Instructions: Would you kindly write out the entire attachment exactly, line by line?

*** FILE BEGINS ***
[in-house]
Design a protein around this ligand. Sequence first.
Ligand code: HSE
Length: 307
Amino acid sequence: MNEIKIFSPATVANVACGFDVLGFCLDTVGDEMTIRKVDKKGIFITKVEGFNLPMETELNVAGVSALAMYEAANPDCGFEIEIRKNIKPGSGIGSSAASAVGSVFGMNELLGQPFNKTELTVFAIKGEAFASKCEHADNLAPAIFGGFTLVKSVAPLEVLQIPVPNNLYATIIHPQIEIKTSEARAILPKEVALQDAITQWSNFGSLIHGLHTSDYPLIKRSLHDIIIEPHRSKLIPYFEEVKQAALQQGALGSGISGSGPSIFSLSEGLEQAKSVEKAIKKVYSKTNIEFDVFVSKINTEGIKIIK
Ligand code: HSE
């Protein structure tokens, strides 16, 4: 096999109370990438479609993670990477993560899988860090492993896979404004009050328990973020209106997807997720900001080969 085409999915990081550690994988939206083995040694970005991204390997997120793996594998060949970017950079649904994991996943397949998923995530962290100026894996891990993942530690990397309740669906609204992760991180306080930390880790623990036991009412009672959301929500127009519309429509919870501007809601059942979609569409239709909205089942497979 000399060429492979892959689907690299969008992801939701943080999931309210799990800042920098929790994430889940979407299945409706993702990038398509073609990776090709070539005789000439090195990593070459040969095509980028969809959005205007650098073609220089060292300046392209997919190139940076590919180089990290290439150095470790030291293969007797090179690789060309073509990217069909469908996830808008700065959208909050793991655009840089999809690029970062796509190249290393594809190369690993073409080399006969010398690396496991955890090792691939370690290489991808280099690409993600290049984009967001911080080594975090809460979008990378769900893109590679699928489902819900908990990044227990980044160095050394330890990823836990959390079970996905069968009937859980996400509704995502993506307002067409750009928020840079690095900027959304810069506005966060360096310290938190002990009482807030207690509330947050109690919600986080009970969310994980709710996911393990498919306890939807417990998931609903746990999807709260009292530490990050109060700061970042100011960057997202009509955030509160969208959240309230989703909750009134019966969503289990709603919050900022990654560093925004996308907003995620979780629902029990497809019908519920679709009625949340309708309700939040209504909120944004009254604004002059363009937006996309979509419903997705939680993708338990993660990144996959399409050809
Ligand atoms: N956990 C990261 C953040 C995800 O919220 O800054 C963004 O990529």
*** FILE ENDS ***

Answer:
[in-house]
Design a protein around this ligand. Sequence first.
Ligand code: HSE
Length: 307
Amino acid sequence: MNEIKIFSPATVANVACGFDVLGFCLDTVGDEMTIRKVDKKGIFITKVEGFNLPMETELNVAGVSALAMYEAANPDCGFEIEIRKNIKPGSGIGSSAASAVGSVFGMNELLGQPFNKTELTVFAIKGEAFASKCEHADNLAPAIFGGFTLVKSVAPLEVLQIPVPNNLYATIIHPQIEIKTSEARAILPKEVALQDAITQWSNFGSLIHGLHTSDYPLIKRSLHDIIIEPHRSKLIPYFEEVKQAALQQGALGSGISGSGPSIFSLSEGLEQAKSVEKAIKKVYSKTNIEFDVFVSKINTEGIKIIK
Ligand code: HSE
């Protein structure tokens, strides 16, 4: 096999109370990438479609993670990477993560899988860090492993896979404004009050328990973020209106997807997720900001080969 085409999915990081550690994988939206083995040694970005991204390997997120793996594998060949970017950079649904994991996943397949998923995530962290100026894996891990993942530690990397309740669906609204992760991180306080930390880790623990036991009412009672959301929500127009519309429509919870501007809601059942979609569409239709909205089942497979 000399060429492979892959689907690299969008992801939701943080999931309210799990800042920098929790994430889940979407299945409706993702990038398509073609990776090709070539005789000439090195990593070459040969095509980028969809959005205007650098073609220089060292300046392209997919190139940076590919180089990290290439150095470790030291293969007797090179690789060309073509990217069909469908996830808008700065959208909050793991655009840089999809690029970062796509190249290393594809190369690993073409080399006969010398690396496991955890090792691939370690290489991808280099690409993600290049984009967001911080080594975090809460979008990378769900893109590679699928489902819900908990990044227990980044160095050394330890990823836990959390079970996905069968009937859980996400509704995502993506307002067409750009928020840079690095900027959304810069506005966060360096310290938190002990009482807030207690509330947050109690919600986080009970969310994980709710996911393990498919306890939807417990998931609903746990999807709260009292530490990050109060700061970042100011960057997202009509955030509160969208959240309230989703909750009134019966969503289990709603919050900022990654560093925004996308907003995620979780629902029990497809019908519920679709009625949340309708309700939040209504909120944004009254604004002059363009937006996309979509419903997705939680993708338990993660990144996959399409050809
Ligand atoms: N956990 C990261 C953040 C995800 O919220 O800054 C963004 O990529």